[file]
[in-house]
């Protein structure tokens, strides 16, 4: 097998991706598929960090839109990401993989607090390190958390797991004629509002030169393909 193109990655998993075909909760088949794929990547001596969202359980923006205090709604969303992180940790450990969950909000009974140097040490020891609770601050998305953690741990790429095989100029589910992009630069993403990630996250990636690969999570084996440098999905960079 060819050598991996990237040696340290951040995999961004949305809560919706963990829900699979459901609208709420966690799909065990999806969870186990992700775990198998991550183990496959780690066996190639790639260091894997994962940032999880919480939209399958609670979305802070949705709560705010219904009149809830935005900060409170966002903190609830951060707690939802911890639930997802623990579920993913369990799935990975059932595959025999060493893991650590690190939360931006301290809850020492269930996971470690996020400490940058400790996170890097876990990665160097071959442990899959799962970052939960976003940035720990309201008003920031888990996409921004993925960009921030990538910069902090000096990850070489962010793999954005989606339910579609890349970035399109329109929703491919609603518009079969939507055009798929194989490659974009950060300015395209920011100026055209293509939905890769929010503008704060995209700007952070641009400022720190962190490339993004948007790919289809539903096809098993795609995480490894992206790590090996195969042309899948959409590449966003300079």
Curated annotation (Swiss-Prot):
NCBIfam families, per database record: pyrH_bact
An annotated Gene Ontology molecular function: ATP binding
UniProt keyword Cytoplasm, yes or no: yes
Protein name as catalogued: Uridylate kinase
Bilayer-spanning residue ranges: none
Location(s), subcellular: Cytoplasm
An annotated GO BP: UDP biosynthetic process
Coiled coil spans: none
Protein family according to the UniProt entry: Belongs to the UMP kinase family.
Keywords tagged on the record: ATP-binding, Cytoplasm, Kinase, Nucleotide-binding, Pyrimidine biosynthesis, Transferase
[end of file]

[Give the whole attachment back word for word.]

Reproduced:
[in-house]
């Protein structure tokens, strides 16, 4: 097998991706598929960090839109990401993989607090390190958390797991004629509002030169393909 193109990655998993075909909760088949794929990547001596969202359980923006205090709604969303992180940790450990969950909000009974140097040490020891609770601050998305953690741990790429095989100029589910992009630069993403990630996250990636690969999570084996440098999905960079 060819050598991996990237040696340290951040995999961004949305809560919706963990829900699979459901609208709420966690799909065990999806969870186990992700775990198998991550183990496959780690066996190639790639260091894997994962940032999880919480939209399958609670979305802070949705709560705010219904009149809830935005900060409170966002903190609830951060707690939802911890639930997802623990579920993913369990799935990975059932595959025999060493893991650590690190939360931006301290809850020492269930996971470690996020400490940058400790996170890097876990990665160097071959442990899959799962970052939960976003940035720990309201008003920031888990996409921004993925960009921030990538910069902090000096990850070489962010793999954005989606339910579609890349970035399109329109929703491919609603518009079969939507055009798929194989490659974009950060300015395209920011100026055209293509939905890769929010503008704060995209700007952070641009400022720190962190490339993004948007790919289809539903096809098993795609995480490894992206790590090996195969042309899948959409590449966003300079």
Curated annotation (Swiss-Prot):
NCBIfam families, per database record: pyrH_bact
An annotated Gene Ontology molecular function: ATP binding
UniProt keyword Cytoplasm, yes or no: yes
Protein name as catalogued: Uridylate kinase
Bilayer-spanning residue ranges: none
Location(s), subcellular: Cytoplasm
An annotated GO BP: UDP biosynthetic process
Coiled coil spans: none
Protein family according to the UniProt entry: Belongs to the UMP kinase family.
Keywords tagged on the record: ATP-binding, Cytoplasm, Kinase, Nucleotide-binding, Pyrimidine biosynthesis, Transferase